Roast that pumpkin.

Mash it up and smooth it out on your pita.

Dollop that situation with some plain Greek yogurt and sprinkle with dukkah, salt, pepper and some chili, if you’re so inclined.

Baking time is super quick. Then, you slice.

Then you eat.

Pumpkin and Yogurt Pita Pizza with Dukkah (Makes 2 pizzas)
– 1 1/2-2 cups roasted Japanese pumpkin
– olive oil
– 2 pitas (mine were about 9-inch/23-cm wide)
– 3-4 tablespoons plain Greek yogurt
– 1-2 tablespoons dukkah (either homemade or store-bought)
– salt & pepper, to taste
– dash of red pepper flakes

First roast your pumpkin: Heat oven to 425 F/220 C. Cut pumpkin into 1 inch/2.5 cm chunks – you can take off the shin before or after roasting (I do it after – super easy!). Toss the pumpkin with a bit of olive oil and spread out on a baking sheet and season with salt and pepper.  Bake for 15-20 minutes until the pumpkin is golden and soft enough to mash with a fork. This can be done a day or two ahead.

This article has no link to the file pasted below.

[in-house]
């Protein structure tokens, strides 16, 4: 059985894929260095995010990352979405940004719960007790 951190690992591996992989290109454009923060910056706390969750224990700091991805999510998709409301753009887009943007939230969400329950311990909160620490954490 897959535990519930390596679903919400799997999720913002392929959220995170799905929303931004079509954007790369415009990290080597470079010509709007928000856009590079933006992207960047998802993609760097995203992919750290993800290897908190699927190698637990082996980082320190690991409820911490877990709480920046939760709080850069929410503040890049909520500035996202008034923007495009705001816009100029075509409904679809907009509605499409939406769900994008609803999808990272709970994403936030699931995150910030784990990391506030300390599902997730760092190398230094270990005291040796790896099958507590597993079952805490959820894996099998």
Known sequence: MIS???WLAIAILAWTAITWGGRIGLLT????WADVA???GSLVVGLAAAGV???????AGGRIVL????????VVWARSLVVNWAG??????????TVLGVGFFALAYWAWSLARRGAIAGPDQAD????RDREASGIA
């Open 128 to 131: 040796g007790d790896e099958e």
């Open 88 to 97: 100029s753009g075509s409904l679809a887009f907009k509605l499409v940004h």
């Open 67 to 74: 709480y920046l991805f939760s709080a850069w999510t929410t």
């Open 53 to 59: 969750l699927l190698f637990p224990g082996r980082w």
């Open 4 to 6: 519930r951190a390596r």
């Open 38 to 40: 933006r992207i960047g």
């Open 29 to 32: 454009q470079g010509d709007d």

Heat oven to 400 F/205 C

Mash the pumpkin on the pitas until they are covered as the base (the pumpkin is like you tomato sauce on a traditional pizza here).

Dollop with yogurt and sprinkle with dukkah, red pepper flakes, salt and pepper and bake for about 7-8 minutes until the pita is a little golden and crispy around the edges.

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Fig and Caramelized Onion Pita Pizzas

Figs are having their autumn moment!

And I’m majorly feeling the pressure. Figs bring on a case of cook’s block for me every time. It’s like writer’s block, but with ingredients.

My knee-jerk reaction is to slice them open and eat them on their own, but I also don’t want to miss the opportunity to cook with them.

I agonize over what I can make with these revered little parcels. I want something a little different, but I also want to maintain the fig’s natural flavor and texture.  You know, treat them right.

I think it’s best to keep it simple. They’re perfect on toast with ricotta and drizzle of honey. Or sliced with a little sweet cheese on each piece, canape style.

One of my favorite simple short-cuts is using thin pita bread as a quick pizza crust. This time, I decorated them with complimenting flavors like goat cheese, caramelized onion and of course, figs. Top with some mesculin greens tossed with a little olive oil just before serving and we’re in business!